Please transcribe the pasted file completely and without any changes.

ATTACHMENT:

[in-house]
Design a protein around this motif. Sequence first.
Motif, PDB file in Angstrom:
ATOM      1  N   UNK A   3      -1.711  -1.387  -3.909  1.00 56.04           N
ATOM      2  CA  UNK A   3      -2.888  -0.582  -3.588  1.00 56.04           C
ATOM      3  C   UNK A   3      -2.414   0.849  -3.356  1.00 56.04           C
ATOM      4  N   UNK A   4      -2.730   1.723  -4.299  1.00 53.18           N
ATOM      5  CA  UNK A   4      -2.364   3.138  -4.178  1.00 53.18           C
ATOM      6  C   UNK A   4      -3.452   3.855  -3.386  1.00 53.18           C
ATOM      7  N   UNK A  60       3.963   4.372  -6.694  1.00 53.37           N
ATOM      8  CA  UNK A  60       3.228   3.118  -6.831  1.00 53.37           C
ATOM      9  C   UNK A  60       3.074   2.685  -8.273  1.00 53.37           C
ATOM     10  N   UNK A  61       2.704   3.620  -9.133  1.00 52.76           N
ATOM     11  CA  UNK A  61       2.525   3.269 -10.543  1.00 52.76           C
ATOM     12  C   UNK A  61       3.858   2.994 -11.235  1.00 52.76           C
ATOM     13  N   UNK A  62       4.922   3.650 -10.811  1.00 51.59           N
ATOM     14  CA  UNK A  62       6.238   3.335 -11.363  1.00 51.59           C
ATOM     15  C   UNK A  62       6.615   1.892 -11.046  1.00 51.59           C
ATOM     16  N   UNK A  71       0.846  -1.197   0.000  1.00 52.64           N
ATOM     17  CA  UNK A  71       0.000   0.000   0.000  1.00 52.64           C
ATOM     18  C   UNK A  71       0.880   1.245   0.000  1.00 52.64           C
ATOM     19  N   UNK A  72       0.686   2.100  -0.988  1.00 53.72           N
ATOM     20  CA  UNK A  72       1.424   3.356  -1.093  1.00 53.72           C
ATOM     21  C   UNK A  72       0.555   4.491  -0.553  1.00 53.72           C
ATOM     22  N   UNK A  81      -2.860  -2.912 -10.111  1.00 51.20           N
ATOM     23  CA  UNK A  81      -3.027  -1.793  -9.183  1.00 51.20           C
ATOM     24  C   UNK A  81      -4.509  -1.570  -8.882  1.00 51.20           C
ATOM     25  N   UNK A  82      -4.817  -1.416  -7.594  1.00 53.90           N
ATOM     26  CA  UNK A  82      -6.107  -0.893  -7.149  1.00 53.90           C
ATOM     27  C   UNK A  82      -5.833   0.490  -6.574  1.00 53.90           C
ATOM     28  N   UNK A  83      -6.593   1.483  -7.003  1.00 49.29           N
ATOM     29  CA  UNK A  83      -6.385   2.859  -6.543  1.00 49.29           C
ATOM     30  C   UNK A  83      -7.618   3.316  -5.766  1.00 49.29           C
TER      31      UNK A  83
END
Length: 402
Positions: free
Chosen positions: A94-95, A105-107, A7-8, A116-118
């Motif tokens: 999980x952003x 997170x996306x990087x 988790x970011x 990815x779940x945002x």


[in-house]
Design a protein around this motif. Sequence first.
Motif, PDB file in Angstrom:
ATOM      1  N   UNK A   3      -1.711  -1.387  -3.909  1.00 56.04           N
ATOM      2  CA  UNK A   3      -2.888  -0.582  -3.588  1.00 56.04           C
ATOM      3  C   UNK A   3      -2.414   0.849  -3.356  1.00 56.04           C
ATOM      4  N   UNK A   4      -2.730   1.723  -4.299  1.00 53.18           N
ATOM      5  CA  UNK A   4      -2.364   3.138  -4.178  1.00 53.18           C
ATOM      6  C   UNK A   4      -3.452   3.855  -3.386  1.00 53.18           C
ATOM      7  N   UNK A  60       3.963   4.372  -6.694  1.00 53.37           N
ATOM      8  CA  UNK A  60       3.228   3.118  -6.831  1.00 53.37           C
ATOM      9  C   UNK A  60       3.074   2.685  -8.273  1.00 53.37           C
ATOM     10  N   UNK A  61       2.704   3.620  -9.133  1.00 52.76           N
ATOM     11  CA  UNK A  61       2.525   3.269 -10.543  1.00 52.76           C
ATOM     12  C   UNK A  61       3.858   2.994 -11.235  1.00 52.76           C
ATOM     13  N   UNK A  62       4.922   3.650 -10.811  1.00 51.59           N
ATOM     14  CA  UNK A  62       6.238   3.335 -11.363  1.00 51.59           C
ATOM     15  C   UNK A  62       6.615   1.892 -11.046  1.00 51.59           C
ATOM     16  N   UNK A  71       0.846  -1.197   0.000  1.00 52.64           N
ATOM     17  CA  UNK A  71       0.000   0.000   0.000  1.00 52.64           C
ATOM     18  C   UNK A  71       0.880   1.245   0.000  1.00 52.64           C
ATOM     19  N   UNK A  72       0.686   2.100  -0.988  1.00 53.72           N
ATOM     20  CA  UNK A  72       1.424   3.356  -1.093  1.00 53.72           C
ATOM     21  C   UNK A  72       0.555   4.491  -0.553  1.00 53.72           C
ATOM     22  N   UNK A  81      -2.860  -2.912 -10.111  1.00 51.20           N
ATOM     23  CA  UNK A  81      -3.027  -1.793  -9.183  1.00 51.20           C
ATOM     24  C   UNK A  81      -4.509  -1.570  -8.882  1.00 51.20           C
ATOM     25  N   UNK A  82      -4.817  -1.416  -7.594  1.00 53.90           N
ATOM     26  CA  UNK A  82      -6.107  -0.893  -7.149  1.00 53.90           C
ATOM     27  C   UNK A  82      -5.833   0.490  -6.574  1.00 53.90           C
ATOM     28  N   UNK A  83      -6.593   1.483  -7.003  1.00 49.29           N
ATOM     29  CA  UNK A  83      -6.385   2.859  -6.543  1.00 49.29           C
ATOM     30  C   UNK A  83      -7.618   3.316  -5.766  1.00 49.29           C
TER      31      UNK A  83
END
Length: 402
Positions: free
Chosen positions: A94-95, A105-107, A7-8, A116-118
């Motif tokens: 999980x952003x 997170x996306x990087x 988790x970011x 990815x779940x945002x």